OPINION - Panama Papers NZ - My first experience of the tax haven world was in 2012-2013 when I worked with the International Consortium of Investigative Journalists (ICIJ) on an earlier and smaller tax haven leak. It was a sobering introduction to how much a network of secretive tax havens can cause harm for the rest of the world.
Tax haven apologists talk about there being legitimate reasons to use tax havens, and there probably are.
But what I found was the full range of things people do in the shadows. Arms traders. Billionaires quietly shifting their profits out of impoverished countries. Business people eager to win big contracts in countries with corrupt leaders. Hard core pornographers, hiding the identity of those raking in the profits. Pharmaceutical company money invisibly moved around to buy influence. And, more than anything, huge numbers of people who appeared to be cheating their tax departments.
None of this should greatly surprise readers. Tax havens say they sell "financial services", but what they mostly sell is secrecy.
If someone can easily buy a trust in one country - without their name anywhere on it - that owns a company in a second faraway country - without their name anywhere on that either - which has an bank account in a third country - equally anonymous - is it a surprise that this will attract people who want to hide what they are doing?
But the Panama Papers reveal to New Zealanders something that very few of us have known: that this sort of stuff has been allowed to go on in New Zealand as well. The Panama Papers leave no doubt at all that New Zealand is being used as one of those tax havens.
It shouldn't need a massive leak to let New Zealanders know what is going on in their own country. But tax haven activity is by its nature impenetrable and secretive. And deniable. Since the Panama Papers began appearing in other countries, our government has baldly denied that New Zealand is a tax haven.
Prime Minister John Key has repeatedly declared that New Zealand is not a tax haven and batted away anyone raising issues that contradict that claim.
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On 9 April, when Winston Peters asked him in Parliament how his statements were consistent with New Zealand foreign trusts requiring no disclosure of identity and no registration or auditing, Mr Key replied: "Because I am right."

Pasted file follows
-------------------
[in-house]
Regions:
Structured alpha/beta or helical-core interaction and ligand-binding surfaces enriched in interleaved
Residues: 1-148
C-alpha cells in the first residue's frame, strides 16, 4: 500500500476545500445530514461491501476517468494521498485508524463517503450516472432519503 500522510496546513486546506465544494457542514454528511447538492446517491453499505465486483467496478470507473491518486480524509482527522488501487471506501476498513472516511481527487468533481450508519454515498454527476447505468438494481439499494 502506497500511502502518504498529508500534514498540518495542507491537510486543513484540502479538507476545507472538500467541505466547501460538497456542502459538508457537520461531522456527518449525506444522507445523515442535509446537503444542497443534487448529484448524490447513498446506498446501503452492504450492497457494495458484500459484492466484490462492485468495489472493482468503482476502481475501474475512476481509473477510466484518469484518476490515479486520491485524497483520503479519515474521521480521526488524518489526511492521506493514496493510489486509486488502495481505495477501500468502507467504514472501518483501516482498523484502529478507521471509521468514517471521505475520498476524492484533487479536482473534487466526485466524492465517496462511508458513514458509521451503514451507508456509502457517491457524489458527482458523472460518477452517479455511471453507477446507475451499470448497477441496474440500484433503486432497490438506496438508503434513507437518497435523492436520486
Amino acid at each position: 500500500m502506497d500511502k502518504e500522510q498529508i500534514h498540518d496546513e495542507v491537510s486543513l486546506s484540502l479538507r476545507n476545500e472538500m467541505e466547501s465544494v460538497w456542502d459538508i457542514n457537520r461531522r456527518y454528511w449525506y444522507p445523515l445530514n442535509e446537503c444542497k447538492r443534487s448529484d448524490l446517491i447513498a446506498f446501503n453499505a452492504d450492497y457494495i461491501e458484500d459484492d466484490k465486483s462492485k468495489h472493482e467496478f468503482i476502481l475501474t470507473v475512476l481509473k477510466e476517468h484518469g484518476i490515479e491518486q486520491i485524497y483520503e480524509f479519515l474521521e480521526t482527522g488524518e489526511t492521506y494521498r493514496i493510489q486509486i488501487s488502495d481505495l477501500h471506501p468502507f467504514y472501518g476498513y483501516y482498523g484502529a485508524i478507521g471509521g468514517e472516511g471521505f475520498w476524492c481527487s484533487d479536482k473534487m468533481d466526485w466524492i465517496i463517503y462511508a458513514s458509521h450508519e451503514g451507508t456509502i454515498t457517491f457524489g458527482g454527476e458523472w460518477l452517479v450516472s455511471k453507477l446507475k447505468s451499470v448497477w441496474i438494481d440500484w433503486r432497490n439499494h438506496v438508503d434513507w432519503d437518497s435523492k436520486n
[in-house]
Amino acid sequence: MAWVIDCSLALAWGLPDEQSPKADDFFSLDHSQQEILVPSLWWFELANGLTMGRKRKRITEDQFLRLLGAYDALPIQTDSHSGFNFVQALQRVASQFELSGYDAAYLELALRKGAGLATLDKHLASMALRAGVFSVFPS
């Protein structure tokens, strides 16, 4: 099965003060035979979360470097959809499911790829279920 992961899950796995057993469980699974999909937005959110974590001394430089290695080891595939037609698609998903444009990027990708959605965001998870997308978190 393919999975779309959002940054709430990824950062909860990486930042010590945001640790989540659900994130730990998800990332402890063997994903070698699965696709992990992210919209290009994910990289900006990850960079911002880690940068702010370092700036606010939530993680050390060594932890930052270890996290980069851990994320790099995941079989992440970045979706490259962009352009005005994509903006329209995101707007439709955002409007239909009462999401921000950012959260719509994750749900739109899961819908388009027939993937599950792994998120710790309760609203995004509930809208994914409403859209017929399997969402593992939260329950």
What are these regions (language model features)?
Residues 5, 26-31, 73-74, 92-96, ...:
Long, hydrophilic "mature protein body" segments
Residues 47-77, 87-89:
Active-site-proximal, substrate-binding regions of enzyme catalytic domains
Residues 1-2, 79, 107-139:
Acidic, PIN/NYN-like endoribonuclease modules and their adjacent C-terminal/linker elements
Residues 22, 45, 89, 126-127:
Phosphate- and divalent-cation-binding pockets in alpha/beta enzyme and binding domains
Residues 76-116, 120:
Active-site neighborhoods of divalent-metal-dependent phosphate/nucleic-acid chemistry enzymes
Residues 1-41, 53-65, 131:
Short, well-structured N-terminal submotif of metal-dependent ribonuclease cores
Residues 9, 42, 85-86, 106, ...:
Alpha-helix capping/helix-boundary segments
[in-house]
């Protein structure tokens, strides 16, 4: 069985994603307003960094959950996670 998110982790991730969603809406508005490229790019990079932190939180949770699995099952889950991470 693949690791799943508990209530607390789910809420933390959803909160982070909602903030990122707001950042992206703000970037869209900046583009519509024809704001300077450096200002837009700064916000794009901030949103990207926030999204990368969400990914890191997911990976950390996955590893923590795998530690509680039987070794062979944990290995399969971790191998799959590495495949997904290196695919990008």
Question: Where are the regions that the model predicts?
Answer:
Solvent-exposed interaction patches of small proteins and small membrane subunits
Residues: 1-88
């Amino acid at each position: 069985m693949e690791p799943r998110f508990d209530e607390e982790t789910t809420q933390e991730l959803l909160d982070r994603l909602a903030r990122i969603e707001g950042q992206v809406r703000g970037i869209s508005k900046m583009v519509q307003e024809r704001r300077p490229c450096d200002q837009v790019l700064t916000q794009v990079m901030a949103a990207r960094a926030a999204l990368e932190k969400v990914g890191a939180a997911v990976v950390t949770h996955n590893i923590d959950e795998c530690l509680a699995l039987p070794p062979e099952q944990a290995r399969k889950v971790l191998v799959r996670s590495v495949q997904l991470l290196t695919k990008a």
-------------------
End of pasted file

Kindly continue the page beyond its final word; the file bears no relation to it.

In Parliament the following week, Mr Key said that the lawyers who sell New Zealand foreign trusts to foreigners had to keep "hugely detailed information of what is in there" and that the disclosure regimes were "broad and deep".
But repeating something does not necessarily mean it is correct. In fact, independent New Zealand tax specialists already knew that New Zealand foreign tax law allowed this country to be used as a tax haven.
Auckland University law professor Michael Littlewood said last month that New Zealand disclosure laws for foreign trusts were "utterly ineffective".
He said the IRD generally had no idea of who the settler of a trust is (meaning the person whose money is in the trust) nor what country they live in.
"The IRD is therefore not able to inform that country's revenue authority that one of their residents has set up a trust in New Zealand.
"And, of course, the other country's tax authority is unlikely to ask," he said since it was unlikely to know its resident had set up a trust in New Zealand.
So experts already knew this but now we all can. This is what the Panama Papers show us. The New Zealand foreign trusts and companies seen in the Panama Papers are in all important respects exactly the same as the offshore trusts and companies I have studied in the British Virgin Islands, Cayman Islands, Cook Islands and other tax havens around the world.
New Zealanders of course did not get asked if they wanted their country to be a tax haven. It does not sit at all well with our 100% Pure reputation and our privileged position near the top of the Transparency International's corruption-free index.
The question that the Panama Papers raise for New Zealand is what we want to be. A country where a small number of law firms and accountants make money selling tax haven secrecy to undeclared foreigners, or a country that decides not to be a tax haven and lives by its reputation for decency. We need to choose. What do you want for your country?
*Nicky Hager is an investigative journalist and one of those given joint access (along with RNZ and TVNZ) to the leaked documents in the Panama Papers by the International Consortium of Investigative Journalists and the German newspaper Süddeutsche Zeitung. He is also the author of Dirty Politics, Other People's Wars, The Hollow Men, Seeds of Distrust, and Secrets and Lies.